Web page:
The answer is always LOVE (or sometimes, "42"!)

The answer is always LOVE (or sometimes, "42"!)
My philosophy is LOVEISM...

Friday, June 27, 2014

Sharing IS Caring

Recently, a friend was brave enough to share with me she was uncomfortable with my (direct quote) “living off of other people’s money” (aka, OOPM)—*which I might add, was NOT based on her personal experience.  At the time, I laughed to myself…You, my friend, are a professional FUNDRAISER!  I mean, didn’t you make a CAREER off of OOPM?  And didn’t OOPM assist YOU, your loved ones, and also the communities you were fundraising for?!  Isn’t THAT the BEST way to USE money?!! Giving people the resources they need to make the world a better place?!  *Perhaps if I were of Indian/Native-descent or wore Guru-gear and lots of expensive hippie jewelry, the way I live would not be questioned. (But this was just my Ego responding.) 

Then, I thought, “Wait a minute!  EveryONE is living OOPM!” Whether your money/house/whatever was inherited; given to you in exchange for your labor,  services or crafts; won in a lottery; gifted from a friend; issued from the government (disability, social security, “welfare”, etc.); or your SPOUSE/Partner?!!!  I mean if we really follow money as far back as to, say… the Conquistadors, that money came from Mayan and Inca civilizations!  If we go even farther back in time, we see money came from the combination of an IDEA (“Hey, guys, What IF we all agreed to a standard token, let’s say “currency”, we could use to procure materials and items we need/want?”) and the discovery of soft metals.  The way I see it, is that NOTHING is YOURS or MINE, and therefore, paradoxically, EVERYTHING is YOURS and MINE (*and it is LIMITLESS.)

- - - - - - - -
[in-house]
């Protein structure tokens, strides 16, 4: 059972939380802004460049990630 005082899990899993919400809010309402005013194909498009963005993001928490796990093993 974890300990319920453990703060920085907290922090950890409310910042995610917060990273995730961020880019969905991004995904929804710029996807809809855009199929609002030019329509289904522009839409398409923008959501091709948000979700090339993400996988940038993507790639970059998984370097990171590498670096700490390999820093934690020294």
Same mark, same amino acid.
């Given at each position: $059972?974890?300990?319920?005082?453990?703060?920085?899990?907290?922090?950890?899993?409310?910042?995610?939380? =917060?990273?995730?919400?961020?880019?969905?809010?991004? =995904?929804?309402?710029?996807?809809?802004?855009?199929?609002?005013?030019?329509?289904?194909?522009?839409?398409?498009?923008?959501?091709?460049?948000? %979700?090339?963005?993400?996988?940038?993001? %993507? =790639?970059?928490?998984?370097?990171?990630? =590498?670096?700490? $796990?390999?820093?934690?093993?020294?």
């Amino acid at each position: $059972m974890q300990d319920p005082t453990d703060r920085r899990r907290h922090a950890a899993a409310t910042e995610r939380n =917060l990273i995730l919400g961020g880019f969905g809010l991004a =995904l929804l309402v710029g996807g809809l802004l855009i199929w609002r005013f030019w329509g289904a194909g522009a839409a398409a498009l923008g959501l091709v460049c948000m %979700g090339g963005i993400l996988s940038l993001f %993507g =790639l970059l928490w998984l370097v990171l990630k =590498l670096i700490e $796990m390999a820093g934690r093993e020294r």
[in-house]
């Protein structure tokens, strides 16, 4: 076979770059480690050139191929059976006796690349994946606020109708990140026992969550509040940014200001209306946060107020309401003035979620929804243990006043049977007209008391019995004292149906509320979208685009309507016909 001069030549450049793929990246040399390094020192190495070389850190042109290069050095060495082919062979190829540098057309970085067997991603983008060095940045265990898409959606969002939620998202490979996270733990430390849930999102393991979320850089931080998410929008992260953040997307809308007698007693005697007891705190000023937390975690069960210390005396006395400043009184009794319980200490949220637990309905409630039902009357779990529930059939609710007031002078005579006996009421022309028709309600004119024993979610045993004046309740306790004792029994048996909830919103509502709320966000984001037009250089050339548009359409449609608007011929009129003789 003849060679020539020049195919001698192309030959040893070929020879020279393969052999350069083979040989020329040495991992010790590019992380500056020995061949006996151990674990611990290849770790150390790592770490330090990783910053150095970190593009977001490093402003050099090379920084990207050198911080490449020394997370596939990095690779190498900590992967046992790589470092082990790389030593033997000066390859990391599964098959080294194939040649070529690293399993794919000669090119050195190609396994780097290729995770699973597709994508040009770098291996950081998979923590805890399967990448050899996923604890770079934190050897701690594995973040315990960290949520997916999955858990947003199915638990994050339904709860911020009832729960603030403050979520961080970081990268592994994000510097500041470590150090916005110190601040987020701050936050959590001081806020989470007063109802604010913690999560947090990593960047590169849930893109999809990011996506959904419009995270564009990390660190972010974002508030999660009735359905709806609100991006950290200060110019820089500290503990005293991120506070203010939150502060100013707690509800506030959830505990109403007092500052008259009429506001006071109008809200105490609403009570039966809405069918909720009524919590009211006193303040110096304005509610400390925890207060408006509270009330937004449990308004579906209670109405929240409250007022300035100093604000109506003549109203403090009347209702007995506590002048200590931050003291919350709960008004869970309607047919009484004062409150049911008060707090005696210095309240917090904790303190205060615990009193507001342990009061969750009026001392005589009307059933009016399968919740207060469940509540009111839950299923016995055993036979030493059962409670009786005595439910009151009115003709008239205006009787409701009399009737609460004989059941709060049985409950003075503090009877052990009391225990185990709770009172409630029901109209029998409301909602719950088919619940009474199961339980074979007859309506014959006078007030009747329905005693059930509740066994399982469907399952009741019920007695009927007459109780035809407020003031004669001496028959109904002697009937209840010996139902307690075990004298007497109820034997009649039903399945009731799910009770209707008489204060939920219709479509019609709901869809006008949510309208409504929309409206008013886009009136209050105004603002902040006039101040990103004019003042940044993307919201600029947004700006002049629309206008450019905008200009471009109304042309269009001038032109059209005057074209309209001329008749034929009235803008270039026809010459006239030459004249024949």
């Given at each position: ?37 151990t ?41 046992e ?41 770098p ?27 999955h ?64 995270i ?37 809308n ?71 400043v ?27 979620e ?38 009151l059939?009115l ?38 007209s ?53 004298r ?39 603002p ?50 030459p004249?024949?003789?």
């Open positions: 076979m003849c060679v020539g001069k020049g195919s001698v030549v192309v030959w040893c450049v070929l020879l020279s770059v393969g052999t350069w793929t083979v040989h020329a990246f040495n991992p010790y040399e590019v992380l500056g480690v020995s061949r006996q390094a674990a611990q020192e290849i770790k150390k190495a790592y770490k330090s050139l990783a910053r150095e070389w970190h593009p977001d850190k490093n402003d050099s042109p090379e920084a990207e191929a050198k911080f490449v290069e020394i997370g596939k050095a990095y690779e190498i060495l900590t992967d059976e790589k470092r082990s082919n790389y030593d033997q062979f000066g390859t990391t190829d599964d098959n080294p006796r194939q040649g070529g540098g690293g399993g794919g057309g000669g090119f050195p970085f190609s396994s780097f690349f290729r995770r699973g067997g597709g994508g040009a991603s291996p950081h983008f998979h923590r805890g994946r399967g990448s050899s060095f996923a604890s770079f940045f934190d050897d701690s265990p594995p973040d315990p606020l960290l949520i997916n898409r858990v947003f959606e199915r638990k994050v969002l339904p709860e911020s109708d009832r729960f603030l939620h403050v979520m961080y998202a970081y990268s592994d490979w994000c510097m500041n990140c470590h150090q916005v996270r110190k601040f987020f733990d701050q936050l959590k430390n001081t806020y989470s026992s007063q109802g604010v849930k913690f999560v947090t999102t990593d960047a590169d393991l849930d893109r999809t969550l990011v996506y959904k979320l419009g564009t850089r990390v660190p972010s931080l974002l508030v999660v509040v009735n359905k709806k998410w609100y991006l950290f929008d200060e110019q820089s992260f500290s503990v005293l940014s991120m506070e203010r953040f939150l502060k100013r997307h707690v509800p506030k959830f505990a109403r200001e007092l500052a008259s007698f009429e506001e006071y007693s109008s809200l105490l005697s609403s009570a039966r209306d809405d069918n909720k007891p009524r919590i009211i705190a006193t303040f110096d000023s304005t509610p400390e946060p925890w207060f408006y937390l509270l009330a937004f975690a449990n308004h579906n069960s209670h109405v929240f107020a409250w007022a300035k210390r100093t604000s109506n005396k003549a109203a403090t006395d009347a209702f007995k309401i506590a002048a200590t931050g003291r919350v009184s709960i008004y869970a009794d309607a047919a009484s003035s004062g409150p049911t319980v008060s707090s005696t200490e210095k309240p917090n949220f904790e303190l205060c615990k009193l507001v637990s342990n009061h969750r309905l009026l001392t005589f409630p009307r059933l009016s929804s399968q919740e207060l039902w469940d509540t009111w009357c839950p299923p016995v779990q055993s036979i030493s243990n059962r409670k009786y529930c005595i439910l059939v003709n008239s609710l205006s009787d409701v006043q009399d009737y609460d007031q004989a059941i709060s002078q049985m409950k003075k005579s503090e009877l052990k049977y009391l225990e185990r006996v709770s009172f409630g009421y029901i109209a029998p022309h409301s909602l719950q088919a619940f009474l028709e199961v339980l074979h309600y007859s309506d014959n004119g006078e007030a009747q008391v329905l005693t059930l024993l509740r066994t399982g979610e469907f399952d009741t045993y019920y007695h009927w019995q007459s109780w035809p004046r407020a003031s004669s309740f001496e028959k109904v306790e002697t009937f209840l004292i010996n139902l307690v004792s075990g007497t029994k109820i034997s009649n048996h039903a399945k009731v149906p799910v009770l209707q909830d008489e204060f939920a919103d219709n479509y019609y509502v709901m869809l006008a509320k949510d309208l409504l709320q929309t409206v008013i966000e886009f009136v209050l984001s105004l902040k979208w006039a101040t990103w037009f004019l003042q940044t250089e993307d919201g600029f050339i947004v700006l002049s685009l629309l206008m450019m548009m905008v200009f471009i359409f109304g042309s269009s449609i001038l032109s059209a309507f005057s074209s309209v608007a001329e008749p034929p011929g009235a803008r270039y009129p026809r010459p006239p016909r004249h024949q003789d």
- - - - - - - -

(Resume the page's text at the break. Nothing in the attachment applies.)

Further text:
“Share your TOYS!”  We drill into our children.  But yet, how many of us (ADULTS) really share our TOYS? 

T:  Transformational
O: Objects
Y:  You
S:  Share

And essentially, EVERYTHING is a TOY—from our homes to our LOVE.  I believe as long as we continue labeling things/people/places as MINE and YOURS we are perpetuating Duality-Thinking (“Us” vs “Them”), which is what fuels wars, crime, corruption, abuse and all that other yucky stuff.

I like to think that I have been living off of other people’s LOVE.  I mean if you can’t freely share your food and shelter with a FRIEND or FAMILY without resentment; HOW do YOU expect to IMPROVE CONDITIONS on this planet?!!!